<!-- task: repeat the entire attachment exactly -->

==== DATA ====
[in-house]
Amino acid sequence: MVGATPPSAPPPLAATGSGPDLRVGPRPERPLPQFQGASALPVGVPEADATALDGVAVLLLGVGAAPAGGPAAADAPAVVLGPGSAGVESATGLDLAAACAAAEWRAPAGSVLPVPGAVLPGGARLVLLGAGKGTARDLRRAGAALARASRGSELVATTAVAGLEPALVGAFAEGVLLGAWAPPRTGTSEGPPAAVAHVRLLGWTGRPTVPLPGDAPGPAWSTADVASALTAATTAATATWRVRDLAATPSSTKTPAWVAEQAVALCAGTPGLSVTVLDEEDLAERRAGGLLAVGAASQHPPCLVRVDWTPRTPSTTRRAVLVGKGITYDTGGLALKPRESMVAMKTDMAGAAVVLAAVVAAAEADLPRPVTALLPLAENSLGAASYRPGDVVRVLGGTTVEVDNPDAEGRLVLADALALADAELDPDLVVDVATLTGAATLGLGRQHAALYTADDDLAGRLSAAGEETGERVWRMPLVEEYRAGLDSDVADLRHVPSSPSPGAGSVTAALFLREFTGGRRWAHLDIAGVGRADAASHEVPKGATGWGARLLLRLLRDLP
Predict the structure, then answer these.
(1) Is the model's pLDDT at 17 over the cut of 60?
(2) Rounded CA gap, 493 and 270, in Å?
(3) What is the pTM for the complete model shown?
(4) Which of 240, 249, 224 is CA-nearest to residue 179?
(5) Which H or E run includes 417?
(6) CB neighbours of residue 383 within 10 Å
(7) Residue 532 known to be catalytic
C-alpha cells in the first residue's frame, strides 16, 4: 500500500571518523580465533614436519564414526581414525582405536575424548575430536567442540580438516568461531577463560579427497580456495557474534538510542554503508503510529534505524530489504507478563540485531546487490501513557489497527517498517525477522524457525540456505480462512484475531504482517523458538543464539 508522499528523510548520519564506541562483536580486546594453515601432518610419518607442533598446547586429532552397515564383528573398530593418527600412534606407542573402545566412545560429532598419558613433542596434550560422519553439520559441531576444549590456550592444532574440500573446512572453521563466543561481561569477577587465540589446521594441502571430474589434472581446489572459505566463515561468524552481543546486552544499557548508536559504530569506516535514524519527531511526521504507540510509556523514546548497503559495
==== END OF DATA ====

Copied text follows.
[in-house]
Amino acid sequence: MVGATPPSAPPPLAATGSGPDLRVGPRPERPLPQFQGASALPVGVPEADATALDGVAVLLLGVGAAPAGGPAAADAPAVVLGPGSAGVESATGLDLAAACAAAEWRAPAGSVLPVPGAVLPGGARLVLLGAGKGTARDLRRAGAALARASRGSELVATTAVAGLEPALVGAFAEGVLLGAWAPPRTGTSEGPPAAVAHVRLLGWTGRPTVPLPGDAPGPAWSTADVASALTAATTAATATWRVRDLAATPSSTKTPAWVAEQAVALCAGTPGLSVTVLDEEDLAERRAGGLLAVGAASQHPPCLVRVDWTPRTPSTTRRAVLVGKGITYDTGGLALKPRESMVAMKTDMAGAAVVLAAVVAAAEADLPRPVTALLPLAENSLGAASYRPGDVVRVLGGTTVEVDNPDAEGRLVLADALALADAELDPDLVVDVATLTGAATLGLGRQHAALYTADDDLAGRLSAAGEETGERVWRMPLVEEYRAGLDSDVADLRHVPSSPSPGAGSVTAALFLREFTGGRRWAHLDIAGVGRADAASHEVPKGATGWGARLLLRLLRDLP
Predict the structure, then answer these.
(1) Is the model's pLDDT at 17 over the cut of 60?
(2) Rounded CA gap, 493 and 270, in Å?
(3) What is the pTM for the complete model shown?
(4) Which of 240, 249, 224 is CA-nearest to residue 179?
(5) Which H or E run includes 417?
(6) CB neighbours of residue 383 within 10 Å
(7) Residue 532 known to be catalytic
C-alpha cells in the first residue's frame, strides 16, 4: 500500500571518523580465533614436519564414526581414525582405536575424548575430536567442540580438516568461531577463560579427497580456495557474534538510542554503508503510529534505524530489504507478563540485531546487490501513557489497527517498517525477522524457525540456505480462512484475531504482517523458538543464539 508522499528523510548520519564506541562483536580486546594453515601432518610419518607442533598446547586429532552397515564383528573398530593418527600412534606407542573402545566412545560429532598419558613433542596434550560422519553439520559441531576444549590456550592444532574440500573446512572453521563466543561481561569477577587465540589446521594441502571430474589434472581446489572459505566463515561468524552481543546486552544499557548508536559504530569506516535514524519527531511526521504507540510509556523514546548497503559495